LUNDELL v. WALKER.

No. 4-6842
165 S.W.2d 600Supreme Court of Arkansas
Opinion delivered October 26, 1942

1. WORKMEN’S COMPENSATION LAW. — Findings of fact by the Commission created by Act 319 of 1939, when supported by substantial evidence, will not be disturbed on appeal. 2. WORKMEN’S COMPENSATION LAW. — The object sought to be attained by Act 319 of 1939 is to compensate an injured worker, or if death resulted, his dependents, if the injury occurs while the relationship of employer and employe exists. 3. WORKMEN’S COMPENSATION LAW. — The act of a plantation foreman in shooting and instantly killing an employe immediately after informing such employe he had been discharged was not a private transaction consummated by the foreman after the employe had been dismissed. 4. WORKMEN’S COMPENSATION LAW — MASTER AND SERVANT RELATIONSHIP. — Where a servant acts without reference to the service for which he is employed, and not for the purpose of performing the work of the employer, but to effect some independent purpose of his own, the master is not responsible for either the acts or omissions of the servant. 5. WORKMEN’S COMPENSATION LAW. — The Commission created by Act 319 of 1939 serves in the nature of a jury; and where circumstances and other evidence in a particular case were sufficient to justify a finding that farm boss, in killing laborer, acted impulsively, irrationally, or in an unreasoning manner, the master’s will was not superseded by the unauthorized conduct of the servant to whom authority to discharge the worker was delegated.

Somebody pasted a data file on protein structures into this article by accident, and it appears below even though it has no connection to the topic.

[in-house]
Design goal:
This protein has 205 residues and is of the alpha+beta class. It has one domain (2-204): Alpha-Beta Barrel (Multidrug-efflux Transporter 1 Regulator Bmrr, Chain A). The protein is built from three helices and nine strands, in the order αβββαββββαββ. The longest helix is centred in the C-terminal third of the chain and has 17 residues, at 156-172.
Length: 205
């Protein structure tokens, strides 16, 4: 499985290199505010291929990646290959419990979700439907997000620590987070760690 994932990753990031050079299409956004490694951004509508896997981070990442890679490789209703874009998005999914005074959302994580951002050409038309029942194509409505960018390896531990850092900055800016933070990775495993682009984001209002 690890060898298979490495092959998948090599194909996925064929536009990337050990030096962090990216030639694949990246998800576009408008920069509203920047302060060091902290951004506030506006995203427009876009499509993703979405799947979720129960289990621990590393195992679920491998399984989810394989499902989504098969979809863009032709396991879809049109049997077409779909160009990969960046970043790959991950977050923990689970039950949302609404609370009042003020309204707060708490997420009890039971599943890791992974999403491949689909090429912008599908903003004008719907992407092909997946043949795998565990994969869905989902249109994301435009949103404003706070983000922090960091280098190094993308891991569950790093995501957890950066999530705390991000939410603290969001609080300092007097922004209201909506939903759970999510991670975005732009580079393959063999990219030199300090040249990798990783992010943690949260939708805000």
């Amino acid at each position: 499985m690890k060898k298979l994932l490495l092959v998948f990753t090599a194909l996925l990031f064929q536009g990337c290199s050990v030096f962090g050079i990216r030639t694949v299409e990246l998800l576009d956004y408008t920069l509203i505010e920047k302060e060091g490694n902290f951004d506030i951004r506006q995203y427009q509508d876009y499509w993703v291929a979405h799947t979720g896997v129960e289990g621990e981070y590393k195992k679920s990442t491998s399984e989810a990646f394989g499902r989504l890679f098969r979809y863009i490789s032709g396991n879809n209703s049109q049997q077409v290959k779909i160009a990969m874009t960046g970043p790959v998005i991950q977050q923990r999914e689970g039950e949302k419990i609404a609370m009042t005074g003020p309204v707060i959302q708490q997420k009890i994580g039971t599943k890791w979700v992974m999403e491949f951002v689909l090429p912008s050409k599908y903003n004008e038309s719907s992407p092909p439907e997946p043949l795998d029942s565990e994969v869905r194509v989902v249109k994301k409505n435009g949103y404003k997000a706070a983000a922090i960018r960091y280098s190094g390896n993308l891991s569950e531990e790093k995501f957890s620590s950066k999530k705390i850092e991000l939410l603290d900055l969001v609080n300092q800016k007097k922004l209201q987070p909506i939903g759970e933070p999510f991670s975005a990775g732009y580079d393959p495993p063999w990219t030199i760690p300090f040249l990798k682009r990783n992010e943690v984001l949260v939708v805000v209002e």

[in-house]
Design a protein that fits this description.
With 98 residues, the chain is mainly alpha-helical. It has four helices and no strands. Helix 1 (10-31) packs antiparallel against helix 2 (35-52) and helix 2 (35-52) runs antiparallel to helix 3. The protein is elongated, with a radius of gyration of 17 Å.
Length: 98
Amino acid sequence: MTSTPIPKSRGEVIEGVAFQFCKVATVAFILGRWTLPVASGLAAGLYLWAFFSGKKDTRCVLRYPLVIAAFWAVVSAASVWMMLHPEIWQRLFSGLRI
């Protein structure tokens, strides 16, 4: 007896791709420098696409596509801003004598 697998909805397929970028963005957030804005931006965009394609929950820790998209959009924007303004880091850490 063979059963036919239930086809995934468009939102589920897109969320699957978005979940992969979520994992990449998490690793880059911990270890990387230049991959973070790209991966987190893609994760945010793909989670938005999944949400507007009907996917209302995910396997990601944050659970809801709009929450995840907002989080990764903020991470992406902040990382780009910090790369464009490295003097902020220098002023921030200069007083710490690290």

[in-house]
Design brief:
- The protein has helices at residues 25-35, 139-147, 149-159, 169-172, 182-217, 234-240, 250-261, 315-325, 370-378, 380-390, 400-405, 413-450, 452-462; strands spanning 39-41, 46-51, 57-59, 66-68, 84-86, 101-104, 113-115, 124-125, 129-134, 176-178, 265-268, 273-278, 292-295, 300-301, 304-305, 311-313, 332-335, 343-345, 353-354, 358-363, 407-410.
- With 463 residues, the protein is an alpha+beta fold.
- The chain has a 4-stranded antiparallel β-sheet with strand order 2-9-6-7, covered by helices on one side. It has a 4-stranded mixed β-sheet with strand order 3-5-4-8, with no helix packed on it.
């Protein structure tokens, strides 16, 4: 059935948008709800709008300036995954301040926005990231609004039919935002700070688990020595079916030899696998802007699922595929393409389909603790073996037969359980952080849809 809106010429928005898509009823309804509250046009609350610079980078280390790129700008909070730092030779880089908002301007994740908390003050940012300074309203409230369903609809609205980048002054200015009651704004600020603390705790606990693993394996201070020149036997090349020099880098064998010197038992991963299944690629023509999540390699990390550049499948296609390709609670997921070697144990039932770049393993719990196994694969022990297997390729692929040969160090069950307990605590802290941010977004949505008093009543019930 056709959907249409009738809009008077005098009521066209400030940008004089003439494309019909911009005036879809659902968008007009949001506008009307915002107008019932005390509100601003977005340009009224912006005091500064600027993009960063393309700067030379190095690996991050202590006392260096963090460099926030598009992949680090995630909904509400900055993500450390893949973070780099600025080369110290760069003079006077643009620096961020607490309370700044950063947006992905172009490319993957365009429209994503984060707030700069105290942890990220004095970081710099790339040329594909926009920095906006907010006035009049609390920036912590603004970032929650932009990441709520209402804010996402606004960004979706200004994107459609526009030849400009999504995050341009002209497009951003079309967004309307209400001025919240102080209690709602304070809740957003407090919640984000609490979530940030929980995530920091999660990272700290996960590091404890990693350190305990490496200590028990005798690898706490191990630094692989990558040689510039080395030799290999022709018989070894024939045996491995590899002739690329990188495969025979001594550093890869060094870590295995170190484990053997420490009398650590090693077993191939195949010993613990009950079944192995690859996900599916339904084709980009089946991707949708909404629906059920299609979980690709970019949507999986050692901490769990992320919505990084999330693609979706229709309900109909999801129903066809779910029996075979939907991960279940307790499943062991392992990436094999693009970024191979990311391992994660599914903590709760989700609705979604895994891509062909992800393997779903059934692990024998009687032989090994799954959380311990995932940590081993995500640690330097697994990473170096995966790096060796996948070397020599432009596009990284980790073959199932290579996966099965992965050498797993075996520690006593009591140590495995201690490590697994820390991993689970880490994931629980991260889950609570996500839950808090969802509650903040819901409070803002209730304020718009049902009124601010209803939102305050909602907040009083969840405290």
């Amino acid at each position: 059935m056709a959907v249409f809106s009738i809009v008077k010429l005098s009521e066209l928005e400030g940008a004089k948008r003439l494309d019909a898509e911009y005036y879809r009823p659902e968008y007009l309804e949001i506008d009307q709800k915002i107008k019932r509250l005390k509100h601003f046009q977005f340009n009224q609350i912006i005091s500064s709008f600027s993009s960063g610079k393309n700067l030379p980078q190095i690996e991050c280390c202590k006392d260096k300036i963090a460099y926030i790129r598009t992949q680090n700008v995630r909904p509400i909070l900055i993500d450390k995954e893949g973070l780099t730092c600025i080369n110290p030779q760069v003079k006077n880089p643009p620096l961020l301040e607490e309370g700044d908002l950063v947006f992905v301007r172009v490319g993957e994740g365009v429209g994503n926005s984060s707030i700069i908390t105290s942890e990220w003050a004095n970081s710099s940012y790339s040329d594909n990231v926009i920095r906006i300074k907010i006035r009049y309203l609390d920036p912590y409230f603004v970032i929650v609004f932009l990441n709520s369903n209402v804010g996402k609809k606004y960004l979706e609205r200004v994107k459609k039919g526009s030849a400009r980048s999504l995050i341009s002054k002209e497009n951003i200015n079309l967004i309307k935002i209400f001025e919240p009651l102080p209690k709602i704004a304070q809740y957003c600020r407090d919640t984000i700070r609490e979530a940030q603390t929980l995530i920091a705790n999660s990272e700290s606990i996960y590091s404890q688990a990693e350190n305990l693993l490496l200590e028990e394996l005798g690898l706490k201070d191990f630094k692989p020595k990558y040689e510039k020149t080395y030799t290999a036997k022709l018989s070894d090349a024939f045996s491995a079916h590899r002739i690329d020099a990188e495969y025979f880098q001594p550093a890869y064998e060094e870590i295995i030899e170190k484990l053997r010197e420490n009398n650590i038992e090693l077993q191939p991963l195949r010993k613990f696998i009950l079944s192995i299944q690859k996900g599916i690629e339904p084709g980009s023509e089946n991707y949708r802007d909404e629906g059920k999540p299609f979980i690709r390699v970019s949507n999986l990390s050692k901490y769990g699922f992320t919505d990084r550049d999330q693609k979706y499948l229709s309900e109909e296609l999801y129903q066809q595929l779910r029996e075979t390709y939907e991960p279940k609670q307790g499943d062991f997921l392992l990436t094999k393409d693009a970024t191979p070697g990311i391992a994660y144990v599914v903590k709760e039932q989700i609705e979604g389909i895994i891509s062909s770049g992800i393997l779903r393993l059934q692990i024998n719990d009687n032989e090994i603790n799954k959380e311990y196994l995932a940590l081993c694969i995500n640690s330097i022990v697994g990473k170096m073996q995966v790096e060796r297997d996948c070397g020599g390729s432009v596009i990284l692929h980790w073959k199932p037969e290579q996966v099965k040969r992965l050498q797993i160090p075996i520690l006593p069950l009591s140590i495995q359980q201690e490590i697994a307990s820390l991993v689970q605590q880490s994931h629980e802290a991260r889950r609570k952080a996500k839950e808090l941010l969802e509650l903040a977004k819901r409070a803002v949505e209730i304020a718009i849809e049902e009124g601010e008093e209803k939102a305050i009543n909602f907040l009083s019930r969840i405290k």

Appeal from Phillips Circuit Court; E. M. Pipkin, Judge; affirmed.

Bridges, Bridges Young and Henry W. Gregory, Jr., for appellant.